Further, it is another object of the invention to provide a toner with high productivity that there is no sticking and overgrinding during grinding process and throughput of grinding per hour is great.

In order to achieve these objects and solve the problems in the conventional technology, the inventor/s investigated the component substances in the resin charge control agent. As a result, it was found, that a resin negative charge control agent having particular component substances were found to be effective in polyester or polyol resins that are preferable in terms of color development and image intensity as a binder resin for full-color toners. When this resin negative charge control agent is used, a toner having high level of charge and sharp charge distribution is obtained, and a toner, developer, method of and apparatus for forming image, which prevent staining of the development sleeve and layer-thickness control member and “filming” of the photosensitive body over a long period of time handling few ten-thousand copies or more, where high grindability and productivity are achieved, are provided.

The toner according to one aspect of the present invention comprises at least a binder resin, a colorant, and a negative charge control agent. The binder resin is polyester and/or polyol. Moreover, the negative charge control agent includes component units which are (1) sulfonic-acid containing monomers, (2) aromatic monomers having electron-withdrawing groups, and (3) acrylate monomers and or methacrylate monomers, is provided.

Different aspects of the invention will be described in detail below.

Examples of the sulfonic-acid containing monomers comprising the resin negative charge control agent, which may be used, are aliphatic-sulfonic-acid containing monomers, aromatic-sulfonic-acid containing monomers, and the like. Examples of the aliphatic-sulfonic-acid containing monomers for use are alkali metal salts, alkaline-earth metal salts, amine salts and quaternary ammonium salts of: vinylsulfonic acid, aryl vinylsulfonic acid, 2-acrylamide-2-methyl propane sulfonic acid, perfluoro octane sulfonic acid, methacryloyl oxyethyl sulfonic acid, or the like. Examples of the aromatic-sulfonic-acid containing monomers for use are alkali metal salts, alkaline-earth metal salts, amine salts and quaternary ammonium salts of: styrene sulfonic acid, sulfophenyl acrylamide, sulfophenyl itaconimide, or the like. Heavy metal (nickel, copper, zinc, mercury, chromium, and the like) salts are not preferable for safety reasons.

Examples of the aromatic monomers having electron-withdrawing groups, which can be used, are: substituted styrenes such as chlorostyrene, dichlorostyrene, bromostyrene, fluorostyrene, nitrostyrene, cyanstyrene, or the like; substituted phenyl (meth)acrylates such as chlorophenyl (meth)acrylate, bromophenyl (meth)acrylate, nitrophenyl (meth)acrylate, chlorophenyl oxyethyl (meth)acrylate, or the like; substituted phenyl (meth) acrylamides such as chlorophenyl (meth)acrylamide, bromophenyl (meth)acrylamide, nitrophenyl (meth)acrylamide, or the like; substituted phenyl maleimides such as chlorophenyl maleimide, dichlorophenyl maleimide, nitrophenyl maleimide, nitrochlorophenyl maleimide or the like; substituted phenyl itaconimides such as chlorophenyl itaconimide, dichlorophenyl itaconimide, nitrophenyl itaconimide, nirtochlorophenyl itaconimide, or the like; and substituted phenyl vinyl ethers such as chlorophenyl vinyl ether, nitrophenyl vinyl ether, or the like. In particular, phenyl maleimides and phenyl itaconimides substituted with chlorine atoms or nitro groups are preferable in terms of chargeability and “filming” resistance.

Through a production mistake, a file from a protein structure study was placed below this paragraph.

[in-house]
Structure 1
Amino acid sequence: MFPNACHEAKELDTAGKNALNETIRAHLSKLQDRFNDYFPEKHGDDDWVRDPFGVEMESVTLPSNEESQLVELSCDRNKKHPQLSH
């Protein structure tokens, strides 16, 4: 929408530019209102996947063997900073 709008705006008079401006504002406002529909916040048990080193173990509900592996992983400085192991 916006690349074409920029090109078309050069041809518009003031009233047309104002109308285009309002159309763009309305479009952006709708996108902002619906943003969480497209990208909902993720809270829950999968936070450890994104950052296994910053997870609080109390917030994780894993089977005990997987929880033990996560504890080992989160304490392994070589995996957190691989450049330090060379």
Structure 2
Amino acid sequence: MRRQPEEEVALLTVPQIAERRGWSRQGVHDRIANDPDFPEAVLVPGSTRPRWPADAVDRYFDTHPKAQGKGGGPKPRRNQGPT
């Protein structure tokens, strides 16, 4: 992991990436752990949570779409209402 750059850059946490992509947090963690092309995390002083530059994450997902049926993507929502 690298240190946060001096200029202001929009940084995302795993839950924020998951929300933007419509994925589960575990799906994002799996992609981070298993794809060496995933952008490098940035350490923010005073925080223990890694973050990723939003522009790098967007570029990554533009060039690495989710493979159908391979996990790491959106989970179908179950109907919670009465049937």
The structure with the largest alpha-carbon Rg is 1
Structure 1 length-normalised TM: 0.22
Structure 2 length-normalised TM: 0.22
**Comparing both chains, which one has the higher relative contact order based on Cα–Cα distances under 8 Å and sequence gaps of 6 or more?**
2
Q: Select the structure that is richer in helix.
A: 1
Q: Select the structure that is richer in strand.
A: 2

Examples of acrylate and/or metacrylate monomers, which may be used, are methyl (meth)acrylate, ethyl (meth)acrylate, propyl (meth)acrylate, n-butyl (meth)acrylate, isobutyl (meth)acrylate, stearyl (meth)acrylate, dodecyl (meth)acrylate, 2-ethylhexyl acrylate, or the like. Out of these, n-butyl (meth)acrylate and 2-ethylhexyl acrylate are particularly preferable.

Addition of sulfonic-acid containing monomers to the composition of the resin negative charge control agent will increase the negative charging effect of the agent. However, because the agent in this case is hygroscopic, the temperature-humidity stability will decrease, and this is why copolymers of sulfonic-acid containing monomers and aromatic monomers having electron-withdrawing groups are used, as it is generally known. When this charge control agent is used for a toner, while the toner can process a few thousand copies, if the toner is used for a long period of time processing a few ten-thousand copies or more, staining of the development sleeve and layer-thickness control member and “filming” of the photosensitive body occur, and toner charge stability and maintenance of high image quality will not be sufficient, resulting in low productivity. To compensate for this problem, polyester or polyol resins are used as the full-color toner binder resin for good color development and image strength, and copolymers comprising three kinds of monomers which are (1) sulfonic-acid containing monomers, (2) aromatic monomers having electron-withdrawing groups, and (3) acrylate monomers and/or methacrylate monomers, are used as the resin negative charge control agent. As a result, the electrographic toner which: has good chargeability and environmental resistivity over a long period of time; does not cause staining of the development sleeve and layer-thickness control member; is easily formed into a thin layer; can prevent “filming” of the photosensitive body; maintains high image quality; and has high productivity.